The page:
Dr Linda Thomson

Senior Research FellowThomsonL
Room 107
+613 9035 3128


I am a terrestrial ecologist with extensive research experience in biological monitoring, biodiversity assessment, and invertebrate conservation and ecology with particular interest in the role of invertebrates as indicators of environmental sustainability and in the control of pest species in agriculture. I have many years experience in a range of agricultural industries publishing widely in both international journals and industry publications on the interactions between pests, natural enemies and the local environment. Identification of sympathetic management practices, particularly chemical use and increased native vegetation not only sustains populations of natural enemies but enhances biodiversity and supports conservation of a wide range of invertebrates. Membership of the Victorian Scientific Advisory Committee for the Flora and Fauna Act (1988) gives me the opportunity to advise on putting invertebrate conservation into practice! I came to Zoology at University of Melbourne in 2005, after 15 years at La Trobe University.

Current Projects:

Non Crop vegetation and pest control
Climate change and agricultural pests

Recent Publications (2010 – 2014):

Hill MP, Thomson LJ, 2014. Species distribution modelling in predicting response to climate change. Invited book chapter in: Climate Change and Insect Pests. Ed.s Christer Björkman and Pekka Niemelä. CABI. England. (in press).

Norton BJ, Thomson LJ, Williams NSG, McDonnell MJ, 2013. The effect of urban ground covers on arthropods: an experiment. Urban Ecosystems. DOI 10.1007/s11252-013-0297-.

Thomson LJ, Hoffmann AA, 2013. Spatial scale of benefits from adjacent woody vegetation on natural enemies within vineyards. Biological Control 64:57-65.

D’Alberto CF, Hoffmann AA, Thomson LJ, 2012. Limited benefits of non-crop vegetation at the local and landscape levels on spiders in Australian vineyards BioControl 57:541-552.

Thomson LJ, Hoffmann AA, 2011. Pest management challenges for biofuel crop production. Current Opinion in Environmental Sustainability 3:95-99 Invited contribution to Special Issue on Terrestrial Systems Edited by Andy Sheppard, Raghu Sathyamurthy, Cameron Begley, and Dave Richardson.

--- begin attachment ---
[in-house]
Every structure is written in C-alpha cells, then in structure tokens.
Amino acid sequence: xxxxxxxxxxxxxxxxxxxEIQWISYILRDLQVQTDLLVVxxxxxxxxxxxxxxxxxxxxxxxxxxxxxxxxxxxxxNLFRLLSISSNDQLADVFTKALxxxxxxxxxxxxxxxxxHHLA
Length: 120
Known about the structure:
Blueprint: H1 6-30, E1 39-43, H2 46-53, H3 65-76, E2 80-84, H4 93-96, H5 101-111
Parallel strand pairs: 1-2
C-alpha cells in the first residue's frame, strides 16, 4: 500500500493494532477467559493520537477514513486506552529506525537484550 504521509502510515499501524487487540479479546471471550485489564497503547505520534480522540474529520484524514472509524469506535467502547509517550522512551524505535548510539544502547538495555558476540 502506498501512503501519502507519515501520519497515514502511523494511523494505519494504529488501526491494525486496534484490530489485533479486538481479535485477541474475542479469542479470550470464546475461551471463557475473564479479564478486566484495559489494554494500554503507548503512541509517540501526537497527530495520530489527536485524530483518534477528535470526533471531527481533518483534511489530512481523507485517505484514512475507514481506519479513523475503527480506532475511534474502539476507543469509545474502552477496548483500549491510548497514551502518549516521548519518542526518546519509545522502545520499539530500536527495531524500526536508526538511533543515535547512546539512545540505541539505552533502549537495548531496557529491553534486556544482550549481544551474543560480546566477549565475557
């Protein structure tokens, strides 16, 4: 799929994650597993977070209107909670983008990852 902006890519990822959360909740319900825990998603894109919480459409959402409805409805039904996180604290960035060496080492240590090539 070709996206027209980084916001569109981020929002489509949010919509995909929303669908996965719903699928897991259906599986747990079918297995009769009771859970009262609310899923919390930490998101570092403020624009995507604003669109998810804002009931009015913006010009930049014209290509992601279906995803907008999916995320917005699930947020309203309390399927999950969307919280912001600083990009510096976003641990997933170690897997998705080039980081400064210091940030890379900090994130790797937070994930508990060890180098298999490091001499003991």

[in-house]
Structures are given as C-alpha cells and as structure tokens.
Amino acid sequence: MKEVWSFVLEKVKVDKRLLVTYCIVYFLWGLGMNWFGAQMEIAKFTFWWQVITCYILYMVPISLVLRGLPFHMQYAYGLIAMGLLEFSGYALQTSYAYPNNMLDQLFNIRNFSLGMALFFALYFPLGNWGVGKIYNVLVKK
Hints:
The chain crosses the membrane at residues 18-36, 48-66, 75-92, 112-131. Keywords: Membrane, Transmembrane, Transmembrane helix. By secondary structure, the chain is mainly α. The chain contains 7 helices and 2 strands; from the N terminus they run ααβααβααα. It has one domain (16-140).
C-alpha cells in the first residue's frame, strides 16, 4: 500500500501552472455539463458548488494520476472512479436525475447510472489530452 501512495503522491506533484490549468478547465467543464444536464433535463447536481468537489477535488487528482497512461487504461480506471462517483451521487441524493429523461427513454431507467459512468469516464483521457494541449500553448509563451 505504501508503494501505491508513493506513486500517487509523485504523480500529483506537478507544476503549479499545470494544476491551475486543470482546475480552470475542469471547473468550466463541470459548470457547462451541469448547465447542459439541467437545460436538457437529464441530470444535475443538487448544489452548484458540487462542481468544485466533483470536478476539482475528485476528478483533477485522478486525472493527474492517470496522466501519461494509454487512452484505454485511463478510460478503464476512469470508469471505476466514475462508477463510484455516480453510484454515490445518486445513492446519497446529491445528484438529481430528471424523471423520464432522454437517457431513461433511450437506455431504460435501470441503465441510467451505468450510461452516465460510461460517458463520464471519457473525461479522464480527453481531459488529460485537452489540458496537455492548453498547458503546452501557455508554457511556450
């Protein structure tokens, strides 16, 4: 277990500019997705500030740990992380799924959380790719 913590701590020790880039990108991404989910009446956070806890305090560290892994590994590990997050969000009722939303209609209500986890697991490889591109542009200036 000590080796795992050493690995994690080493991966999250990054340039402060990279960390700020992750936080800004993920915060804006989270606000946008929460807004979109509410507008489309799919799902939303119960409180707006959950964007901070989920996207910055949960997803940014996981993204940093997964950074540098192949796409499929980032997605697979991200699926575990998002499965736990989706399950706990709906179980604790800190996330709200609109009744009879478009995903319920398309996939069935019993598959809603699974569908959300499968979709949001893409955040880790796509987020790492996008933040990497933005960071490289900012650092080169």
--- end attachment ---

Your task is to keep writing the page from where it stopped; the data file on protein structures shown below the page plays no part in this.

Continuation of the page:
Chong CS, Thomson LJ, Hoffmann AA, 2011. High diversity of ants in Australian vineyards. Australian Journal of Entomology 50:7-21.

Chong CS, Hoffmann AA, Thomson LJ, 2011. Local scale spatial dynamics of ants in a temperate agroecosystem. Astral Ecology. 36:413-424.

ThomsonLJ, McKenzie J, Sharley DJ, Nash MA, Tsitsilas A, Hoffmann AA, 2010. Effect of woody vegetation at the landscape scale on the abundance of natural enemies in Australian vineyards. Biological Control 54:248-254.

Nash MA, Hoffmann AA, Thomson LJ, 2010. Identifying signatures of chemical applications in non-target invertebrate communities in vineyards. Ecological Applications 20:1693-1703.

DanneA, Thomson LJ, Sharley DJ, Penfold CM, Hoffmann AA, 2010. Effects of native grass cover crops on beneficial and pest invertebrates in Australian vineyards. Environmental Entomology 39:970-978.

ThomsonLJ, Hoffmann AA, 2010. Natural enemy responses and pest control: importance of local vegetation. Biological Control 52:160-166.

Chong CS, D’Alberto CF, Thomson LJ, Hoffmann AA, 2010. Influence of native ants on arthropod communities in a vineyard. Agricultural and Forest Entomology 12:223-232.

Thomson LJ, Pearce S, Hoffmann AA, 2010. Predicting the effects of climate change on natural enemies of agricultural pests. Invited contribution to Special Issue of Biological Control ‘Biological control: current state, future prospects. Editors: Gurr, G.A., Ash, G. and Pilkington, L. Biological Control 52: 296-306.

Leave a Reply

Fill in your details below or click an icon to log in:

WordPress.com Logo

You are commenting using your WordPress.com account. Log Out / Change )

Twitter picture

You are commenting using your Twitter account. Log Out / Change )

Facebook photo

You are commenting using your Facebook account. Log Out / Change )

Google+ photo

You are commenting using your Google+ account. Log Out / Change )

Connecting to %s

%d bloggers like this: